- 1st Degree
Burn (superficial burns) - Reddened skin without blisters (usually doesn't need to be seen)
- 2nd Degree Burn (partial thickness burns)
- Reddened skin with blisters (heals from bottom up, takes 2
to 3 weeks)
- Small closed blisters (narrower than 1 inch) serve
as a dressing and reduce pain. Also the blister fluid contains
- Large closed blisters (wider than 1 inch) may
need debridement. They commonly break open and the dead skin then needs
to be removed
- All open blisters need trimming of the dead
skin (can be done by caller or in the office). Most open blisters are
empty of fluid. A blister with a small opening and slow fluid leak can
be recognized by the appearance of wrinkled skin.
- 3rd Degree Burn (full thickness burns)
- Deep burn with white or charred skin.
The burned area loses sensation to pain and touch (feels numb). Usually needs
a skin graft to prevent bad scarring if it is larger than a quarter (1 inch
or 2.5 cm) in size.
burns are skin injuries caused by heat. Common examples are burns from hot water
or hot drinks. Other common causes of thermal burns include hot ovens, stoves,
electric or kerosene space heaters, exhaust pipes, hot grease, hair-curling
irons, and clothes irons.
- Chemical burns result from lye, acids, or other tissue-damaging
chemicals splashed on the skin. If the chemical is washed off immediately, most
of these accidents will cause only first-degree burns.
First Aid for Thermal Burns
(don't take time to remove clothing) put the burned part in cold tap water or
pour cold water over it for 10 minutes. (Reason: lessens the depth of
the burn and relieves pain)
First Aid for Chemical Burns
remove any contaminated clothing.
- Then flush the chemical off the skin with warm water for 10
minutes. For large areas, use a shower.
See More Appropriate Topic (instead of this one) If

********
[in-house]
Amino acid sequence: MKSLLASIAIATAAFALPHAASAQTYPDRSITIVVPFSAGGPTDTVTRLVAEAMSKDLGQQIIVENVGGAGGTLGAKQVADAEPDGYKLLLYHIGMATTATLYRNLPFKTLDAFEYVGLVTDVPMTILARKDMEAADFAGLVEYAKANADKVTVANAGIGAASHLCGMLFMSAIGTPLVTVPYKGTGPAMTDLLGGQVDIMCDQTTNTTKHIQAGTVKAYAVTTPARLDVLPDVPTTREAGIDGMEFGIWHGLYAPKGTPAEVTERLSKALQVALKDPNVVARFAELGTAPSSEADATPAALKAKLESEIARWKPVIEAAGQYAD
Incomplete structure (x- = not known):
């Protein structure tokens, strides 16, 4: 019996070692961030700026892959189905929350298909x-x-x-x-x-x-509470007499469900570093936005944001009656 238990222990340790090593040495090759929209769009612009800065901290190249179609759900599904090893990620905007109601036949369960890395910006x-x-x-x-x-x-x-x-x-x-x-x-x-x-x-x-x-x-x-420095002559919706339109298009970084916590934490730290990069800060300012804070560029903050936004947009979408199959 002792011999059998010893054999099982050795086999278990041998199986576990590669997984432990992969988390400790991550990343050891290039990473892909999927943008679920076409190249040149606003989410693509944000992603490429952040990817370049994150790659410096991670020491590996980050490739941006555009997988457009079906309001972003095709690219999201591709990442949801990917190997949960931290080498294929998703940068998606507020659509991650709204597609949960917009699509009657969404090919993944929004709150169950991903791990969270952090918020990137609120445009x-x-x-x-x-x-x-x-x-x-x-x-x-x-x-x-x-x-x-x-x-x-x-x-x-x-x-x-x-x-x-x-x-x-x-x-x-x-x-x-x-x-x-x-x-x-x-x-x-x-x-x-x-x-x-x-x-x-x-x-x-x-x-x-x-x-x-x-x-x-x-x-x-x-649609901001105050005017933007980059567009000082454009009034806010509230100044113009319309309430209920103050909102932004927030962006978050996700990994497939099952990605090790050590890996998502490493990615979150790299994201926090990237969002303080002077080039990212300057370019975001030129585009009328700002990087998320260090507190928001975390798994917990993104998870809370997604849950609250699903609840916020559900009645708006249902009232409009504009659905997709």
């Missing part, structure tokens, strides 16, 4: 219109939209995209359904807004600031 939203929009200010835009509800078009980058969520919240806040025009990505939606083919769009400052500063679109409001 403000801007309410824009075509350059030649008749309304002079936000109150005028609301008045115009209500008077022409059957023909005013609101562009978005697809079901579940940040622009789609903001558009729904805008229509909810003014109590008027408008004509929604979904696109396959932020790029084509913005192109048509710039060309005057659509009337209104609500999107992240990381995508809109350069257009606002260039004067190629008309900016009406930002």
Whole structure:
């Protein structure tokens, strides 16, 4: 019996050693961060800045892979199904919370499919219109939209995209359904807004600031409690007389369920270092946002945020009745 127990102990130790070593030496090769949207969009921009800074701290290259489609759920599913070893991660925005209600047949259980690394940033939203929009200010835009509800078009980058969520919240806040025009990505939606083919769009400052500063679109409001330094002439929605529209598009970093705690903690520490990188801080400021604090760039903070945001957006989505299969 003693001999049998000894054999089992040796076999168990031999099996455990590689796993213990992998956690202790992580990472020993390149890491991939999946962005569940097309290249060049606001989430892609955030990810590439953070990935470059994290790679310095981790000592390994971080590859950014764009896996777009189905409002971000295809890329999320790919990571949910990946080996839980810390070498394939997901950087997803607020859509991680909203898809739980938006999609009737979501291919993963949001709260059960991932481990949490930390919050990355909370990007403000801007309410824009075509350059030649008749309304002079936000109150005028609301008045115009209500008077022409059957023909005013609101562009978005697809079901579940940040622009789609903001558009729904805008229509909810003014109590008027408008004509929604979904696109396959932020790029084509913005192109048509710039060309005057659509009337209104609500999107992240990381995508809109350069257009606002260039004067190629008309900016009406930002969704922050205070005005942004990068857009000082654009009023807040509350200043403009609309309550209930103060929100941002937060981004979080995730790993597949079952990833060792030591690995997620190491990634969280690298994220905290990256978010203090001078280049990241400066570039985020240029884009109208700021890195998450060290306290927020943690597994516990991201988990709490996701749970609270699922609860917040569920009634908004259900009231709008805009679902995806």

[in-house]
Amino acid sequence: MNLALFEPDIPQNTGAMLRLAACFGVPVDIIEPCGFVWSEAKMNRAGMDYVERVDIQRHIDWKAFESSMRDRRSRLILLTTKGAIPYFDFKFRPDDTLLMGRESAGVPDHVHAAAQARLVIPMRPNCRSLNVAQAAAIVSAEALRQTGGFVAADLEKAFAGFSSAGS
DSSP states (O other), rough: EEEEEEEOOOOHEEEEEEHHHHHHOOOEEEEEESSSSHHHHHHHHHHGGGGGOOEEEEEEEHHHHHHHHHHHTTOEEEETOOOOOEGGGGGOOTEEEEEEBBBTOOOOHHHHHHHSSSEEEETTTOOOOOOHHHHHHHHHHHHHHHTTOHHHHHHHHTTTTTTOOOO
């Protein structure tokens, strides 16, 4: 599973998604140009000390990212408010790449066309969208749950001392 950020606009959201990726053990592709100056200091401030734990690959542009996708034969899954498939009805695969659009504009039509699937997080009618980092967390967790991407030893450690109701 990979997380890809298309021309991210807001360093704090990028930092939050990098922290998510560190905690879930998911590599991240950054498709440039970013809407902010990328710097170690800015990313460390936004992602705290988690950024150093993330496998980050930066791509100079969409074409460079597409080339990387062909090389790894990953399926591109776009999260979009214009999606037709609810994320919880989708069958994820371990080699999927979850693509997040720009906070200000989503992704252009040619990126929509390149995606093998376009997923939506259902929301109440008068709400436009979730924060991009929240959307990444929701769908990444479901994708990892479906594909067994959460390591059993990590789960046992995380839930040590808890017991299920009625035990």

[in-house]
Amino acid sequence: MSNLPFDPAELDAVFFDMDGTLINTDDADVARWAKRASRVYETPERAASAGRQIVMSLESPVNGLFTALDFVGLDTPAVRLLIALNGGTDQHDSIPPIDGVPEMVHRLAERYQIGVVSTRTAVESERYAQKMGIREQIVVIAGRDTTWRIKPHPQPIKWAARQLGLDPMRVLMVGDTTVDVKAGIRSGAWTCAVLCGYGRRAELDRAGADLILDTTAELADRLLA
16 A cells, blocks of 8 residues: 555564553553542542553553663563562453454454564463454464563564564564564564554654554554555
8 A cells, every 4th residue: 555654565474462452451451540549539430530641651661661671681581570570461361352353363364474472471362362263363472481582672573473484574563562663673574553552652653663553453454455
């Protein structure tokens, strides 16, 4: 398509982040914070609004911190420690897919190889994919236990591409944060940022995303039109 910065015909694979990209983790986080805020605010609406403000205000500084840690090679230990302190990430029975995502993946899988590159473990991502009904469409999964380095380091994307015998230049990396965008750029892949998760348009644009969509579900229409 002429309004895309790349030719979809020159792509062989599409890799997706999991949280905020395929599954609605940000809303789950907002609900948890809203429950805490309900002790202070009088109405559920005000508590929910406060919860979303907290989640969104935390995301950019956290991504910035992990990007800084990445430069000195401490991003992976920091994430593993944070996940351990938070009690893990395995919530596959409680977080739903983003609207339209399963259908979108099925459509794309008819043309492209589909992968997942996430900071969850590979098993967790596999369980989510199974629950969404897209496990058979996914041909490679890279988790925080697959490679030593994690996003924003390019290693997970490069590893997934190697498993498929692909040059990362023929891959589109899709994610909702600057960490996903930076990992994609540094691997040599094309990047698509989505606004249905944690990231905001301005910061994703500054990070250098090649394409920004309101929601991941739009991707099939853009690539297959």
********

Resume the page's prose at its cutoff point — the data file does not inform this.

WHEN TO CALL YOUR DOCTOR FOR BURNS
Call 911 Now (you may need an ambulance) If:
- Large 2nd
or 3rd degree burn
- Difficulty breathing with burn to the face
- Difficulty breathing after exposure to flames, smoke, or fumes
Call Your Doctor Now (night or day) If:
- You think
you have a serious burn
- Blister is present (EXCEPTION: small closed blister less
than ½ inch wide)
- Center of the burn is white or charred
- Burn completely circles an arm or leg
- Eye or eyelid burn
- Electrical current burn
- Explosion or gun powder caused the burn
- Acid or alkali (lye) burn
- Chemical on skin that causes a blister
- Hoarseness or cough after exposure to flames, smoke, or fumes
- Headache or nausea after exposure to flames, smoke, or fumes
- Burn looks infected
Call Your Doctor Within 24 Hours (between 9 am
and 4 pm) If:
- You think
you need to be seen
Call Your Doctor During Weekday Office Hours If:
- You have
other questions or concerns
- Diabetes and mild burn of foot or lower leg
Self Care at Home If:
- Mild thermal
or chemical burn and you don't think you need to be seen
HOME CARE ADVICE FOR 1ST DEGREE
BURNS OR SMALL BLISTERS
A mild thermal or chemical burn can be treated at home.
Cleansing: Wash the area gently with an antibacterial liquid soap
and water once a day.
Blisters: Don't open any small closed blisters; the outer skin protects
the burn from infection. For small broken blisters, trim off the dead skin with
a fine scissors. (Reason: the area under these flaps of skin can become an ideal
breeding ground for infection.)
Antibiotic Ointment: For burns with broken blisters, apply an over
the counter antibiotic ointment (e.g. Bacitracin) and cover it with some gauze
or a Band-Aid. (Reason: to decrease pain and risk of infection) Change the dressing
Tetanus Shot: If your last tetanus shot was more than 10 years ago,
you need a booster. Call your doctor during regular office hours (within the
next 3 days).
Expected Course: It will probably hurt for 2 days and peel like a
sunburn in about a week. Fortunately, first and second-degree burns
don't leave scars.
Pain Medication: For pain relief, apply cold compresses and take acetaminophen
every 4-6 hours (e.g. Tylenol; adult dosage 650 mg) OR ibuprofen every 6-8 hours
(e.g. Advil, Motrin; adult dosage 400 mg).
- Do not take ibuprofen if you have stomach problems, kidney disease,
are pregnant, or have been told by your doctor to avoid this type of anti-inflammatory
drug. Do not take ibuprofen for more than 7 days without consulting your doctor.
- Do not take acetaminophen if you have liver disease.
- Read the package instructions thoroughly on all medications
that you take.
- Call Your Doctor If:
- Severe pain persists more than 2 hours after giving pain medicine.
- Burn starts to look infected (pus, red streaks, increased tenderness)
- You become worse or develop any of the "Call Your Doctor"
This information is not intended be a substitute for professional medical
advice. It is provided for educational purposes only. You assume full
responsibility for how you choose to use this information.
Adult HouseCalls Online. Copyright © 2000-2004
David Thompson, M.D. FACEP
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